Santiago is one of the most cycling cities in Latin America with an extensive network of ciclovias (cycle paths) that you can use to get around. Among the patchwork of different bike share options, the most common is Bike Itaú. Other towns with a strong cycling culture include Viña del Mar, Concepción, Temuco, and Puerto Varas. Many visitors come to Chile for multi-day bike tours around the Lake District or on the Carretera Austral.

Driving in Chile
Go to the most remote parts of Chile by car © Philip Lee Harvey / Lonely Planet

Getting around by car

To realistically explore Chile’s wildest corners, you’ll need to hire a car. Most of the highways and roads are well maintained, although the rural areas of the Andes, Altiplano or northern Patagonia are often unpaved and riddled with potholes. Carrying an extra gas can on the Altiplano is a must, while punctures on the Carretera Austral are normal for the course. Note that most rental companies do not allow you to cross the border to Argentina, Peru, or Bolivia.

Rental cars in Chile tend to be slightly more expensive than in North America or Europe, especially if you prefer an automatic instead of a manual (which is more common and cheaper). Fuel costs are also higher, while high tolls on the Pan American Highway (and throughout Greater Santiago) can add up quickly. If you plan to explore only one part of the country by car, it’s best to hire it at the airport on arrival instead of driving all the way from Santiago.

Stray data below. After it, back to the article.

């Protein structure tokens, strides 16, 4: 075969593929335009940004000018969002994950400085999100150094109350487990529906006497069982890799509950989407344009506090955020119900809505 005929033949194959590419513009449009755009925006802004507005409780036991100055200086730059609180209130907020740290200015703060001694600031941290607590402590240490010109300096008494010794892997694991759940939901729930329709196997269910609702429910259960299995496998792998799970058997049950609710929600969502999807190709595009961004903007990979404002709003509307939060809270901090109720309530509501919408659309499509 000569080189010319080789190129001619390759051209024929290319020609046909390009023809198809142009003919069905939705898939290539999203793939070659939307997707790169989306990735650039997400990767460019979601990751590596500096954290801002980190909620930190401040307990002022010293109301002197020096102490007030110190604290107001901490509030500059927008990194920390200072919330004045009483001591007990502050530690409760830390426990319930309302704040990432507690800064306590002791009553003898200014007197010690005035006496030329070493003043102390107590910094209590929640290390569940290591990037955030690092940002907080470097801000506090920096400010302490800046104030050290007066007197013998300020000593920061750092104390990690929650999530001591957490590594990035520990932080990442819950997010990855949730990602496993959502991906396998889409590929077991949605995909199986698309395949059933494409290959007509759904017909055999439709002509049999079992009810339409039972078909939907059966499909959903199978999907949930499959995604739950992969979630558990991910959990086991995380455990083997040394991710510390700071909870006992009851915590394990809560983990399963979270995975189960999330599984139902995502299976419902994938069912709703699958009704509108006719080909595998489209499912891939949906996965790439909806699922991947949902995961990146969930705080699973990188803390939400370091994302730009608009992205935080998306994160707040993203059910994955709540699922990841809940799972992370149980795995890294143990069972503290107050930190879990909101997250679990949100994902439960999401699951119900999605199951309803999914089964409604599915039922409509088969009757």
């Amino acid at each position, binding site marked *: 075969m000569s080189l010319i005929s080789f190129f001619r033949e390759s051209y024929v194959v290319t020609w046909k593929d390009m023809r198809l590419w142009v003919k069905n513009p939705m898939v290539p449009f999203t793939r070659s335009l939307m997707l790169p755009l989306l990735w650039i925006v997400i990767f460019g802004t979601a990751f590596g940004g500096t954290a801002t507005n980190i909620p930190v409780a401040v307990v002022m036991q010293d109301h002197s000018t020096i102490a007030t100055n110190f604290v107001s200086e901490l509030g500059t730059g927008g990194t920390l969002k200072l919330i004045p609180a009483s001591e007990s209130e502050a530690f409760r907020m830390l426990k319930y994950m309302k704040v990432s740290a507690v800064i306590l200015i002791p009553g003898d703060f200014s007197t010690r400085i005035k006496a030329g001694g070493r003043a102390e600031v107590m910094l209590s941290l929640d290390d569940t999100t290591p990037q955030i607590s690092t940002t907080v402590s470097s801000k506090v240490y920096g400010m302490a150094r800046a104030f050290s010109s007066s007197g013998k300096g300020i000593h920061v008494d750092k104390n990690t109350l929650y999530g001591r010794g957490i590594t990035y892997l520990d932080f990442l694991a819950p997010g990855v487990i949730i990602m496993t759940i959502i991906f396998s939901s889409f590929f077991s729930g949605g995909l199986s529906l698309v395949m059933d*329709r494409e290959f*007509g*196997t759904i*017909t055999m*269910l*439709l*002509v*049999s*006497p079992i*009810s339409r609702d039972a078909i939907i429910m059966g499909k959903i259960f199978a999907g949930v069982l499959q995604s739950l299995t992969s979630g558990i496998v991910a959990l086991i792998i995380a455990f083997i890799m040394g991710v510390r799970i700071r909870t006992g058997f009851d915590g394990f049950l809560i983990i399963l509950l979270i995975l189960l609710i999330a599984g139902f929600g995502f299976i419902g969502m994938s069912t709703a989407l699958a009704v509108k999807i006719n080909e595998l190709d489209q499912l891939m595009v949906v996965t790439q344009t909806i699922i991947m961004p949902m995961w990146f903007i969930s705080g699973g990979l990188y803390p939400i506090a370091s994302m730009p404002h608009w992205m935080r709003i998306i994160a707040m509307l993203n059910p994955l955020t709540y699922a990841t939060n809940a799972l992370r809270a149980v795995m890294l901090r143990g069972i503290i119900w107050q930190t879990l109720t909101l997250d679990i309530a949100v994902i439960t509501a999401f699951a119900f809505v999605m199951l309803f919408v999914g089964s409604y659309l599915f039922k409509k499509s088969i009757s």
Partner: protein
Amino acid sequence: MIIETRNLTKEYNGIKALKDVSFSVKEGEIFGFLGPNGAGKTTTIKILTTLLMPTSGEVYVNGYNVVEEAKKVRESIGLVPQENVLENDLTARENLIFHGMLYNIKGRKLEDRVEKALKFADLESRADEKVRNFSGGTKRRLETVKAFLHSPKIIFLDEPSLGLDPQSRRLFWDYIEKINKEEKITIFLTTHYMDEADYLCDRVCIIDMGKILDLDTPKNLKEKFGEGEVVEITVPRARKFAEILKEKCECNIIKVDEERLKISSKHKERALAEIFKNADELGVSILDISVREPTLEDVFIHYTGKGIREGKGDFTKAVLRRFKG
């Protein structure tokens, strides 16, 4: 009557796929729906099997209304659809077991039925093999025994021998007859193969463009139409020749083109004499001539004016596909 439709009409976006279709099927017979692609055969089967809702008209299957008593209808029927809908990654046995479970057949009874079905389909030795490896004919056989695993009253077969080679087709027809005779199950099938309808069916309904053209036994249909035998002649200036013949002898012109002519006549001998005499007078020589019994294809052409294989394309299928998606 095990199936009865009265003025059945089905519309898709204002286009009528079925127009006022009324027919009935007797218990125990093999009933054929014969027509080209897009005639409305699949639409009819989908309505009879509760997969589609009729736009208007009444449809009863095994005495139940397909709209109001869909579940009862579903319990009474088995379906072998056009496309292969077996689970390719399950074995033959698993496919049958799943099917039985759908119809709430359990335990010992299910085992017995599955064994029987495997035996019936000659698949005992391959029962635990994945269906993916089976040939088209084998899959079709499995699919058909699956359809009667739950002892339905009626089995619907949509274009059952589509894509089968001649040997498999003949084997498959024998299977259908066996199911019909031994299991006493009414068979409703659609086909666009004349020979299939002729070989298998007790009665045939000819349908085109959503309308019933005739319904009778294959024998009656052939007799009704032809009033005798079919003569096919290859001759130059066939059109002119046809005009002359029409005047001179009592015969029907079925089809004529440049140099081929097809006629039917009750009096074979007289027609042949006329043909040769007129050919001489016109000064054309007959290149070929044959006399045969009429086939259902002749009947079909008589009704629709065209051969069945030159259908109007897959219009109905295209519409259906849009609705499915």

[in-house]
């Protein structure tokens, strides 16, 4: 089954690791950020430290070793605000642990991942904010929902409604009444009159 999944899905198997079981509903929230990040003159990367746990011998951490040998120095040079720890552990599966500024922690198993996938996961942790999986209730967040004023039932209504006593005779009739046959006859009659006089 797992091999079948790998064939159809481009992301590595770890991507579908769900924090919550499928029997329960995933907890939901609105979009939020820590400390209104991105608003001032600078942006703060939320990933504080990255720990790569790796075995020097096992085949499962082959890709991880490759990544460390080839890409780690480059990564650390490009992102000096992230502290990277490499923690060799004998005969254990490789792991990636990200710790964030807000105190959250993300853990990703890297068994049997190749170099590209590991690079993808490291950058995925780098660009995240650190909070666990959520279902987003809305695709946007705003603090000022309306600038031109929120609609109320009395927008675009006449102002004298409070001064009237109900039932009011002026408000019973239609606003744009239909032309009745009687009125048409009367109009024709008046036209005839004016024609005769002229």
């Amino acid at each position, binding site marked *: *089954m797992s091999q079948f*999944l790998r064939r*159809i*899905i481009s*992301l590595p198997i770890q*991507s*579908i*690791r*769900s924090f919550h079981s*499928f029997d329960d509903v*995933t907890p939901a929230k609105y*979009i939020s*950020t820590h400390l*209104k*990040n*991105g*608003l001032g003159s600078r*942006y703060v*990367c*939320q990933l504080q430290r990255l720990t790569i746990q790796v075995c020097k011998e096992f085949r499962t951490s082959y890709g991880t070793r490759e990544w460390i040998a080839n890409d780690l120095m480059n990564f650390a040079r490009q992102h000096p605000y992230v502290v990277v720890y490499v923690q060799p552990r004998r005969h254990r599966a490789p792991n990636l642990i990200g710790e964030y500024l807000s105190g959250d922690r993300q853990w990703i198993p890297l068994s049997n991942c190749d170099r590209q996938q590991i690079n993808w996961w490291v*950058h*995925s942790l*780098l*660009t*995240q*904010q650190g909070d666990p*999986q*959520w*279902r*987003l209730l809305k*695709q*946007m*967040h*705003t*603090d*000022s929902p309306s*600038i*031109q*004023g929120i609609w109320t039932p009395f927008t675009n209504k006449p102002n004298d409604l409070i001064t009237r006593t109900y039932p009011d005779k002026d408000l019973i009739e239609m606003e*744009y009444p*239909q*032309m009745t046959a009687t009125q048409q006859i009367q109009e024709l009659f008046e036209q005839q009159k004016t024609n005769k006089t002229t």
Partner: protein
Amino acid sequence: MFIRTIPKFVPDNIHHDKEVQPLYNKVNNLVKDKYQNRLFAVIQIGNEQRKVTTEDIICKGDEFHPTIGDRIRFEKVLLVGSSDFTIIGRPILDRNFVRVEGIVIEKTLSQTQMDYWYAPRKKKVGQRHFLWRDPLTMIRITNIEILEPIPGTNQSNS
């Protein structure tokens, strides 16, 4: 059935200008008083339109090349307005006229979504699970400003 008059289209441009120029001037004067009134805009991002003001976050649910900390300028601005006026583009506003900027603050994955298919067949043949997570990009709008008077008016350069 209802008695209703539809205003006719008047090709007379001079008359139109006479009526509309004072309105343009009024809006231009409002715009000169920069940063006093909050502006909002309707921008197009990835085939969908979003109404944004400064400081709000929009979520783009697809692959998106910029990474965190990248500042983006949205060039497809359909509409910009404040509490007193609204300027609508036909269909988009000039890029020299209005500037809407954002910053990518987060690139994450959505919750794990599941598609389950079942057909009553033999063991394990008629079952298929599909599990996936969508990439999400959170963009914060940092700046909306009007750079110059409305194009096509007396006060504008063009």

Getting around by plane

LATAM is the main airline of Chile with the largest network of domestic flights and the best quality of service. Sky Airline and JetSmart are new low-cost carriers that also cover much of the country and may offer slightly cheaper fares (sometimes equivalent to bus tickets). Be careful, however, to read the fare details, as the cheapest tickets usually only include a personal item such as a small backpack. All Chilean commercial carriers have a good reputation for safety, so you can let times and prices determine which airline to fly with.

In general, most regional capitals in Chile have a commercial airport, with the exception of those located near Santiago. If you have a little flexibility, flying to busier hubs like Puerto Montt (to the south) or Calama (to the north) will offer better times and cheaper fares.

Man standing on a boat looking at the glacier
A boat trip through the fjords is an amazing way to experience Chile © Ruben Earth / Getty Images

Getting around by boat

Traveling in southern Chile can often be easier – and more fun – by boat than on land. Popular ferry routes across the fjords include Puerto Montt to Puerto Natales, Puerto Yungay to Puerto Natales, and Punta Arenas to Puerto Williams. Ferries also connect islands such as Chiloé and Tierra del Fuego with the mainland.

Several ferries in northern Patagonia take travelers across the border to Argentina. These include the scenic drive from Petrohué (near Puerto Varas) to San Carlos de Bariloche and the adventurous drive from Villa O’Higgins (at the end of the Carretera Austral) to Candelario Mancilla (for later treks to El Chaltén). Traveling on the Carretera Austral also requires planning your trip with several car ferries along the way to points like La Arena, Hornopirén and Caleta Yungay.

Accessible travel to Chile

Chile doesn’t have the best infrastructure for disabled travelers, but it does have a group of dedicated activists who are fighting to make the country more accessible. One of the largest travel agencies for disabled travelers, Wheel the World, is based here and runs tours across the country. For more information, see Lonely Planet’s online accessible travel resources.